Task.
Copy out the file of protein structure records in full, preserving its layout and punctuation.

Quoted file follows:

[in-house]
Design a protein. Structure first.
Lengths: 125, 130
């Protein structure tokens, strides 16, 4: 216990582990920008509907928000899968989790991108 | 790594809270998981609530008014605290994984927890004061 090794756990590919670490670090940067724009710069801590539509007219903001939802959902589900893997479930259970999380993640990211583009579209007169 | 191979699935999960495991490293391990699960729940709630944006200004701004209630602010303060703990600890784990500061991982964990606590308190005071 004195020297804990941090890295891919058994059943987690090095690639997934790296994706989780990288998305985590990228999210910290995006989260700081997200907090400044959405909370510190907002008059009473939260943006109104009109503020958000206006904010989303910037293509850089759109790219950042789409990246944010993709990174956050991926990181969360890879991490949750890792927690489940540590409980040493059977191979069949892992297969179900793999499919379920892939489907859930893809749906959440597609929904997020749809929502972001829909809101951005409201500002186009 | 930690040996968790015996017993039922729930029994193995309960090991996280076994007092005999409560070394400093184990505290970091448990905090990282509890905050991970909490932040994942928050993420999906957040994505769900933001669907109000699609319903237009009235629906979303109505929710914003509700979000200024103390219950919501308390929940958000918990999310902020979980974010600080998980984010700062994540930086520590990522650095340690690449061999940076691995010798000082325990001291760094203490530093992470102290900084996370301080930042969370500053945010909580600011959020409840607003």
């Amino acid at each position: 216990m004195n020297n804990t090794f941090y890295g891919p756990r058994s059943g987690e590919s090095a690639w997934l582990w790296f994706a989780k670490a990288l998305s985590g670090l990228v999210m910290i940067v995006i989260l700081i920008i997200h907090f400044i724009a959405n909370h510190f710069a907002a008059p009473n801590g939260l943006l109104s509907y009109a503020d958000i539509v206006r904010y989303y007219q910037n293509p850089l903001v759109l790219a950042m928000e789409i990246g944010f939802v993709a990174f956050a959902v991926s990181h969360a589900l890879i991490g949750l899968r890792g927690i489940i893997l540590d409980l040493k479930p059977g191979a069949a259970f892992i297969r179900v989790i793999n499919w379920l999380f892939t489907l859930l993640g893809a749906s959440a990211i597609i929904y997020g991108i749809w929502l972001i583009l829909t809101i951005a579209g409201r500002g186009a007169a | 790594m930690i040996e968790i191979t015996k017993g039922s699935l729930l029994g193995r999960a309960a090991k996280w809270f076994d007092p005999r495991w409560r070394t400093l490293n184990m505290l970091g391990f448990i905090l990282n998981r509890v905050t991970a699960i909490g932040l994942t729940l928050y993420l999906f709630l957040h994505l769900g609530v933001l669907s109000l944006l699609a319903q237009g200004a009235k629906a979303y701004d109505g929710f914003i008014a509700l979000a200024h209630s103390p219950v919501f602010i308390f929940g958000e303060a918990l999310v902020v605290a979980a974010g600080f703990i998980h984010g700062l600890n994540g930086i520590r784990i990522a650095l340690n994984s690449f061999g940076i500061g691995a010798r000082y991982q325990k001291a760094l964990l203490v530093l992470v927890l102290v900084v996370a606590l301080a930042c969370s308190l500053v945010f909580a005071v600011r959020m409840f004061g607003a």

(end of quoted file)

[in-house]
Design a protein. Structure first.
Lengths: 125, 130
């Protein structure tokens, strides 16, 4: 216990582990920008509907928000899968989790991108 | 790594809270998981609530008014605290994984927890004061 090794756990590919670490670090940067724009710069801590539509007219903001939802959902589900893997479930259970999380993640990211583009579209007169 | 191979699935999960495991490293391990699960729940709630944006200004701004209630602010303060703990600890784990500061991982964990606590308190005071 004195020297804990941090890295891919058994059943987690090095690639997934790296994706989780990288998305985590990228999210910290995006989260700081997200907090400044959405909370510190907002008059009473939260943006109104009109503020958000206006904010989303910037293509850089759109790219950042789409990246944010993709990174956050991926990181969360890879991490949750890792927690489940540590409980040493059977191979069949892992297969179900793999499919379920892939489907859930893809749906959440597609929904997020749809929502972001829909809101951005409201500002186009 | 930690040996968790015996017993039922729930029994193995309960090991996280076994007092005999409560070394400093184990505290970091448990905090990282509890905050991970909490932040994942928050993420999906957040994505769900933001669907109000699609319903237009009235629906979303109505929710914003509700979000200024103390219950919501308390929940958000918990999310902020979980974010600080998980984010700062994540930086520590990522650095340690690449061999940076691995010798000082325990001291760094203490530093992470102290900084996370301080930042969370500053945010909580600011959020409840607003």
């Amino acid at each position: 216990m004195n020297n804990t090794f941090y890295g891919p756990r058994s059943g987690e590919s090095a690639w997934l582990w790296f994706a989780k670490a990288l998305s985590g670090l990228v999210m910290i940067v995006i989260l700081i920008i997200h907090f400044i724009a959405n909370h510190f710069a907002a008059p009473n801590g939260l943006l109104s509907y009109a503020d958000i539509v206006r904010y989303y007219q910037n293509p850089l903001v759109l790219a950042m928000e789409i990246g944010f939802v993709a990174f956050a959902v991926s990181h969360a589900l890879i991490g949750l899968r890792g927690i489940i893997l540590d409980l040493k479930p059977g191979a069949a259970f892992i297969r179900v989790i793999n499919w379920l999380f892939t489907l859930l993640g893809a749906s959440a990211i597609i929904y997020g991108i749809w929502l972001i583009l829909t809101i951005a579209g409201r500002g186009a007169a | 790594m930690i040996e968790i191979t015996k017993g039922s699935l729930l029994g193995r999960a309960a090991k996280w809270f076994d007092p005999r495991w409560r070394t400093l490293n184990m505290l970091g391990f448990i905090l990282n998981r509890v905050t991970a699960i909490g932040l994942t729940l928050y993420l999906f709630l957040h994505l769900g609530v933001l669907s109000l944006l699609a319903q237009g200004a009235k629906a979303y701004d109505g929710f914003i008014a509700l979000a200024h209630s103390p219950v919501f602010i308390f929940g958000e303060a918990l999310v902020v605290a979980a974010g600080f703990i998980h984010g700062l600890n994540g930086i520590r784990i990522a650095l340690n994984s690449f061999g940076i500061g691995a010798r000082y991982q325990k001291a760094l964990l203490v530093l992470v927890l102290v900084v996370a606590l301080a930042c969370s308190l500053v945010f909580a005071v600011r959020m409840f004061g607003a």